In the last few weeks, two pre-poll surveys on voter preference on election issues (ADR and Lokniti CSDS) have been released. While in one of these, health has been ranked amongst the top two priorities, in the other, health was not even listed. Apparently, this is related to methodology as the first one had health as explicitly listed as an issue to be prioritised by them. However, the second survey was seeking responses from voters without providing options. Possibly, health is not on the agenda unless people are reminded about it.
The key fallacy in interpreting most of these discourses is that the promises and policy announcements are considered as an end in itself. However, to make a difference in health outcomes, these need to be followed by implementation in the form of programmes and interventions.
Policies and strategies are confused with interventions and programme implementation. Similarly, the incremental changes in health interventions cannot be interpreted as a political priority.
Making pre-poll promises a reality
Health in India can be considered a political priority only when pre-poll promises are followed through and sustained in the post-poll period, supported by sufficient financial allocation, improved provision of human resources and ensuring availability of health services.
The launch of mohalla clinics of Delhi is an example of making health a political priority at the state level. In this case, a pre-election promise of ‘Mohalla Clinics’, was followed by sustained top-level leadership, sufficient financial and other allocation, which has been retained over the last 3-4 years.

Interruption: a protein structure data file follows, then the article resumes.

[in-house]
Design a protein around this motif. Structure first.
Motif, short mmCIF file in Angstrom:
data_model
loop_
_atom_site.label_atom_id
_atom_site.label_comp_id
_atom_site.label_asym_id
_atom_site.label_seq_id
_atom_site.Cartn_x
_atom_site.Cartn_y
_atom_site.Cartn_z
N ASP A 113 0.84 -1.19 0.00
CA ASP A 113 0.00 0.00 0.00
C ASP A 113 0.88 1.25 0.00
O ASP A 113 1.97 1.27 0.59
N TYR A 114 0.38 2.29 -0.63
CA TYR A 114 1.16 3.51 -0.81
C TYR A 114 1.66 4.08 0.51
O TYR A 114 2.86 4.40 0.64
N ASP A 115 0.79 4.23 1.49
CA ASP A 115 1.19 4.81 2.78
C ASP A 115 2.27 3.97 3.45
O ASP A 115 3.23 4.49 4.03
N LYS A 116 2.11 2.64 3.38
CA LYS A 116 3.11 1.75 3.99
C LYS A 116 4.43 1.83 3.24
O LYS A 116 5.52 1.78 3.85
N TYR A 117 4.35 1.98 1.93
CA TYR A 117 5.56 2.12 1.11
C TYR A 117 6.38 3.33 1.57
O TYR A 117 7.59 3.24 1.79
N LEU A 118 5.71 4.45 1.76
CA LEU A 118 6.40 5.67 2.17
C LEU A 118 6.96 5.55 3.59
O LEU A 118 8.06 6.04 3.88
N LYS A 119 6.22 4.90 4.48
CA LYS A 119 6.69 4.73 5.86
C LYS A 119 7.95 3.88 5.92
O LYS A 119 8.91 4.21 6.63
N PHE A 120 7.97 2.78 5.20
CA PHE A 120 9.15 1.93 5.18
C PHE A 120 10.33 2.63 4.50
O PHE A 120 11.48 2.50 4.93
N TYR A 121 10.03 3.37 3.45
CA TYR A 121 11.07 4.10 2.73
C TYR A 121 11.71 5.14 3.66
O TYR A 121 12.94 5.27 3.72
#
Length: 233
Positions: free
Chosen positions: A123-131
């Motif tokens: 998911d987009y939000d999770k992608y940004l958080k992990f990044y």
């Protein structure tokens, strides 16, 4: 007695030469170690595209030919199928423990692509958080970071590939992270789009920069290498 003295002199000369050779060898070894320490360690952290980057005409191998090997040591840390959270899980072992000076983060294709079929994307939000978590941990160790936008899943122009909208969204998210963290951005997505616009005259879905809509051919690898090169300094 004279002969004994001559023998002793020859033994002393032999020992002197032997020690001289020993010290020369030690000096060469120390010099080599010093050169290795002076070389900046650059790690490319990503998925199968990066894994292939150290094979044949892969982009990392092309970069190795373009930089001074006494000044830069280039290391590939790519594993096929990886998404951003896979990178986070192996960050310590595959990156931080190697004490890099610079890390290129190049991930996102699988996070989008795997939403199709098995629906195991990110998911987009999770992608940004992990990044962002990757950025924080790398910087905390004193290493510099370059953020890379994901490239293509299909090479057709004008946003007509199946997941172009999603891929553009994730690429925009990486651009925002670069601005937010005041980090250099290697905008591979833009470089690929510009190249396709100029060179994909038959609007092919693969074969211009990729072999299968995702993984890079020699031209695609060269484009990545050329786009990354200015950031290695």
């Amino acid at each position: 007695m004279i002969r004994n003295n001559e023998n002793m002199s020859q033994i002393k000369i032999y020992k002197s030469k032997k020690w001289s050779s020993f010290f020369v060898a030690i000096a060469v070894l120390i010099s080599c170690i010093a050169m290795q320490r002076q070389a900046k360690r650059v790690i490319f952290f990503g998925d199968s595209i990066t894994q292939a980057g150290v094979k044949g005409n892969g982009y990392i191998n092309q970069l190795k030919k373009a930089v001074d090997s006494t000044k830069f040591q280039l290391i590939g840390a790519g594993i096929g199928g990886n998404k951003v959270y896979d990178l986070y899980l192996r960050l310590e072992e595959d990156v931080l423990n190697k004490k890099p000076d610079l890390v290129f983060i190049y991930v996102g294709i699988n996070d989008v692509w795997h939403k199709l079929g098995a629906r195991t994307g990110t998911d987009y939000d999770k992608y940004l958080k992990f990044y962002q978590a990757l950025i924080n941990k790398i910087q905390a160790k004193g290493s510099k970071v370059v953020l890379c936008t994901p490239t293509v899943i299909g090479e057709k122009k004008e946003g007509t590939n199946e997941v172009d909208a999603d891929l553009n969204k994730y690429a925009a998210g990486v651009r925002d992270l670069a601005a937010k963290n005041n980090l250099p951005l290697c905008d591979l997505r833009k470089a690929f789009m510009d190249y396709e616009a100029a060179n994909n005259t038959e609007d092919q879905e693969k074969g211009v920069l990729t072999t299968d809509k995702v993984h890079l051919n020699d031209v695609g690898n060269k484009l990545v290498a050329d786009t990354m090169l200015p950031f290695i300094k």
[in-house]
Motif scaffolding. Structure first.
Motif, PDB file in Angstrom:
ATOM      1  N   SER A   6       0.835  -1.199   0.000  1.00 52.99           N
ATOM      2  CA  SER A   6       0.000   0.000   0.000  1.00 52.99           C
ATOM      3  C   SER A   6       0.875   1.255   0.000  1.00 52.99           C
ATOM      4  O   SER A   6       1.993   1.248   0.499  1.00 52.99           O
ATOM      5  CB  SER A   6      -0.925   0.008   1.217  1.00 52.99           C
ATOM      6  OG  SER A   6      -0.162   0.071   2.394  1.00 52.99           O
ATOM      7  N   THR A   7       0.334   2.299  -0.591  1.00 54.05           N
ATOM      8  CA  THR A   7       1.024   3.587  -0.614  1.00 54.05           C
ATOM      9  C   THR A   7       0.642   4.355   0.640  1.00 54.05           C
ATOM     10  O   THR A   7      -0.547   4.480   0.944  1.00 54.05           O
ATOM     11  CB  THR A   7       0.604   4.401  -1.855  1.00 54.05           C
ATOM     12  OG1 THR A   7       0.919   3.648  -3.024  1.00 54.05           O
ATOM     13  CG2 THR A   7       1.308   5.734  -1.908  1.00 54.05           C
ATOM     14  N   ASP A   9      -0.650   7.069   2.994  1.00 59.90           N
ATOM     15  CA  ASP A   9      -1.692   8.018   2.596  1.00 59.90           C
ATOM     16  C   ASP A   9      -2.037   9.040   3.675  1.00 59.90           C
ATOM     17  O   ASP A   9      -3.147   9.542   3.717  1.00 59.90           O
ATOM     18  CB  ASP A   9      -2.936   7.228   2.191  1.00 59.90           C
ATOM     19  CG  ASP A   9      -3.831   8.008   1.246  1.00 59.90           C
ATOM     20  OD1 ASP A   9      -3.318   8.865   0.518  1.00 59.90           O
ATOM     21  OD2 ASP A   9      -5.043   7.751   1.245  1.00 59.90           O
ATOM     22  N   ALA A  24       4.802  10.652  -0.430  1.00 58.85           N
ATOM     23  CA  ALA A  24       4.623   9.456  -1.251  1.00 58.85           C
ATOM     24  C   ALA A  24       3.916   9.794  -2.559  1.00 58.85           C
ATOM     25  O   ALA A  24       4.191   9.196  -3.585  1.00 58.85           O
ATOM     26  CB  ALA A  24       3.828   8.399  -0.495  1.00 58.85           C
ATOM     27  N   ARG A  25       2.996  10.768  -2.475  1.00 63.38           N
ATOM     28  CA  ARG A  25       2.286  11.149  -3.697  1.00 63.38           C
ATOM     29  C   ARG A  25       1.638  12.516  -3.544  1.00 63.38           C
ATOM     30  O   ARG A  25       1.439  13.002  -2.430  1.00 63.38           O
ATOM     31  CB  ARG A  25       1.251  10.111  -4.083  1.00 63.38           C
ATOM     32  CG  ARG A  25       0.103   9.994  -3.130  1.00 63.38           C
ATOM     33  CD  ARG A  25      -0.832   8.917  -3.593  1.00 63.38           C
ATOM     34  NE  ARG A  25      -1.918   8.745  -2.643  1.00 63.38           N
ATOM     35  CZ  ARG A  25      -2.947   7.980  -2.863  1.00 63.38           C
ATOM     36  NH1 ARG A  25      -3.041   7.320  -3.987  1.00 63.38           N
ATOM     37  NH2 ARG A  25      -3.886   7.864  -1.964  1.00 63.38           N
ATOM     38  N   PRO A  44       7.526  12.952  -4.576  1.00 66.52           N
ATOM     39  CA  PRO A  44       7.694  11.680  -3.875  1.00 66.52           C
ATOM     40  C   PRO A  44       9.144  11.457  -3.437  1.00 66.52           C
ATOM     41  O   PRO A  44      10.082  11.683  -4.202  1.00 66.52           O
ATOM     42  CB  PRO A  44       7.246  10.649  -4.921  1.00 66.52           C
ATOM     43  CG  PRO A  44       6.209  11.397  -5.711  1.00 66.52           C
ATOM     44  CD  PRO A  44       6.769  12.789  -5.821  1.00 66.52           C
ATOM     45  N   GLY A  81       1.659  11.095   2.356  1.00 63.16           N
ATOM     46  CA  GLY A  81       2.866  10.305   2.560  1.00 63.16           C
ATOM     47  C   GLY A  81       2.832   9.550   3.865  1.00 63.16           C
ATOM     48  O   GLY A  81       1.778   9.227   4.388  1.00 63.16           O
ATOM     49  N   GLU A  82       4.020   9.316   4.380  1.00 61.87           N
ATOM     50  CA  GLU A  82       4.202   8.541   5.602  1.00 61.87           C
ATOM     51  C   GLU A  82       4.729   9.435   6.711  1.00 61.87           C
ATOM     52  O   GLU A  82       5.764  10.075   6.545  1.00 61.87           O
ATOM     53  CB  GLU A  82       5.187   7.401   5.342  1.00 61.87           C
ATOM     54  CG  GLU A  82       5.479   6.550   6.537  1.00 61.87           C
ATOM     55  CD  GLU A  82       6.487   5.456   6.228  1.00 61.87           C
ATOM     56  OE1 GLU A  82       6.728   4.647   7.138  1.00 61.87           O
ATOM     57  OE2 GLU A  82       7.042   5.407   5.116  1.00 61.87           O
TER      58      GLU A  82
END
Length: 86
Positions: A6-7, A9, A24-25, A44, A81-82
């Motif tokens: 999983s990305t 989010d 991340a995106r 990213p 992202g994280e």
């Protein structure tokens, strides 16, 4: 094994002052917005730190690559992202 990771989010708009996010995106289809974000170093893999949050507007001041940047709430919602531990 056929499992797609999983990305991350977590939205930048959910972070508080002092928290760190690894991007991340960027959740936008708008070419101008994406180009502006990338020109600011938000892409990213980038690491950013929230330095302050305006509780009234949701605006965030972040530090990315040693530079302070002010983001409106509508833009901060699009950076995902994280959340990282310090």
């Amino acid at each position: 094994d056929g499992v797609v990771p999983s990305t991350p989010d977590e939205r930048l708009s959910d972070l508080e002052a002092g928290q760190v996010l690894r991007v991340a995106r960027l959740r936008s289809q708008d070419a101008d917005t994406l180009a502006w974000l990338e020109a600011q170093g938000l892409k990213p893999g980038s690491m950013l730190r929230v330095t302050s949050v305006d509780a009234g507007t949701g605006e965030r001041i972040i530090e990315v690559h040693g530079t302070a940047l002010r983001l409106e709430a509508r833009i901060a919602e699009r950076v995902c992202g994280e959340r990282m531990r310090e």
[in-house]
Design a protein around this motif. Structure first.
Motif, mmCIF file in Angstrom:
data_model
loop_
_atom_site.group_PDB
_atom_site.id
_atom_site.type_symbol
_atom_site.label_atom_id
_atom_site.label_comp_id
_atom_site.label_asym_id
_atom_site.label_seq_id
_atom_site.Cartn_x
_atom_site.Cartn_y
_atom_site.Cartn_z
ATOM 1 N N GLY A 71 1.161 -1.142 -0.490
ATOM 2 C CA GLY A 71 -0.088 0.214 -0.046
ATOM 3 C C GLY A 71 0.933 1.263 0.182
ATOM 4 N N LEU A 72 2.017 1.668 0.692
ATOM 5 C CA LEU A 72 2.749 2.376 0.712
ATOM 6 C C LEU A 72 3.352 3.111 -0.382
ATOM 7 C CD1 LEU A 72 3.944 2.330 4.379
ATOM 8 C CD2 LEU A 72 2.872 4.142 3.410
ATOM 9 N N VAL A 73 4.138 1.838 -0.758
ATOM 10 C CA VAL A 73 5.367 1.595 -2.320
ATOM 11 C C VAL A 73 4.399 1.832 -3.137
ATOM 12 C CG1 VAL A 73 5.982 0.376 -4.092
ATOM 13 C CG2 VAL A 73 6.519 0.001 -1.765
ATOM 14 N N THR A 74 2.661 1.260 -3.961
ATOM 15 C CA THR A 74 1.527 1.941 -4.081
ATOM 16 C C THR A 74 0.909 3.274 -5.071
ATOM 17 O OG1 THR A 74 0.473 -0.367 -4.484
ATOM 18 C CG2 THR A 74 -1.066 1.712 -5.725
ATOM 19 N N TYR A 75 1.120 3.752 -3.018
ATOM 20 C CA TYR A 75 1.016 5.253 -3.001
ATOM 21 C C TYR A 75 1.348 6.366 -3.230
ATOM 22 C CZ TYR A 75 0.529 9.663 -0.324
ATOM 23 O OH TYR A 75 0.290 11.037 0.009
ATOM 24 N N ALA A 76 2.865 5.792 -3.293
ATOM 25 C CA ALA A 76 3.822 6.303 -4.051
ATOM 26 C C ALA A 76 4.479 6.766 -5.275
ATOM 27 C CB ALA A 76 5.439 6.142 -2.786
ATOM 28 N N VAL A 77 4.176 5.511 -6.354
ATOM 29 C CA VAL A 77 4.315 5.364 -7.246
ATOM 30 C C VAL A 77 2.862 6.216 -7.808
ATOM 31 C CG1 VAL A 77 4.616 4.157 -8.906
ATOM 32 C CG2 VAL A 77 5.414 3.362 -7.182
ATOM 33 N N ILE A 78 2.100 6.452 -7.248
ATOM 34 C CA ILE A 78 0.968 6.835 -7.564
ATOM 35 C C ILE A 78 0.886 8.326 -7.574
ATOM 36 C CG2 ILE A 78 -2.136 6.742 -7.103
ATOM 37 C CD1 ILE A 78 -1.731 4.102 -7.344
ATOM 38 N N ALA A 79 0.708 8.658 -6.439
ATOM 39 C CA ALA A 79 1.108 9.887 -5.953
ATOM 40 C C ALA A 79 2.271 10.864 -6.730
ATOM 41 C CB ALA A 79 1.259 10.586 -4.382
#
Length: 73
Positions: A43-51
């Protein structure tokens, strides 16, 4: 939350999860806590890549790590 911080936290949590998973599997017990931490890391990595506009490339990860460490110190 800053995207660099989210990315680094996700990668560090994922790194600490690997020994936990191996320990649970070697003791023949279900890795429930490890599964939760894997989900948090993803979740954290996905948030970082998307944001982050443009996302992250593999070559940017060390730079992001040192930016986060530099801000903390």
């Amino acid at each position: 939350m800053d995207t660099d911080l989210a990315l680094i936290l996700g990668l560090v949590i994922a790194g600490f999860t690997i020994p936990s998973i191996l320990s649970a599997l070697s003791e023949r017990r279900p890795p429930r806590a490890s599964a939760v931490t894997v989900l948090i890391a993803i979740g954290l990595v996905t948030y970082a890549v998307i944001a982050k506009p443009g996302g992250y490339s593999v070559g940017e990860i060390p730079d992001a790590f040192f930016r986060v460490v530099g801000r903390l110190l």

The attention has resulted in the strengthening of primary healthcare, and many other reforms in health services which have become available, accessible and affordable to additional people.
There is sufficient global evidence that the countries that are doing well on health outcomes and have better-functioning government health system had the political will and commitment to do so.
This is true for the UK, Canada, Germany and Thailand, to list a few. In these settings, the governments identified the challenges, increased the spending on health and took all the necessary measures to ensure their citizens stay healthy.
In most of these settings, the political leadership across party lines competed to ensure good health for people and electoral change influenced health outcomes for the better.
In short, making health a political priority in these settings meant the identification of severity of health challenges and allocation of commensurate funding, human resources and infrastructure to tackle the challenges. This health situation in India mandates immediate attention and should be given a high priority.
That can be possible only when government-led health service delivery and stronger health systems become an integral part of campaigning during elections at all levels.
It is possible only when health – along with clean air, nutrition, education, sanitation and social security – becomes a factor based on which people vote. #KhabarLive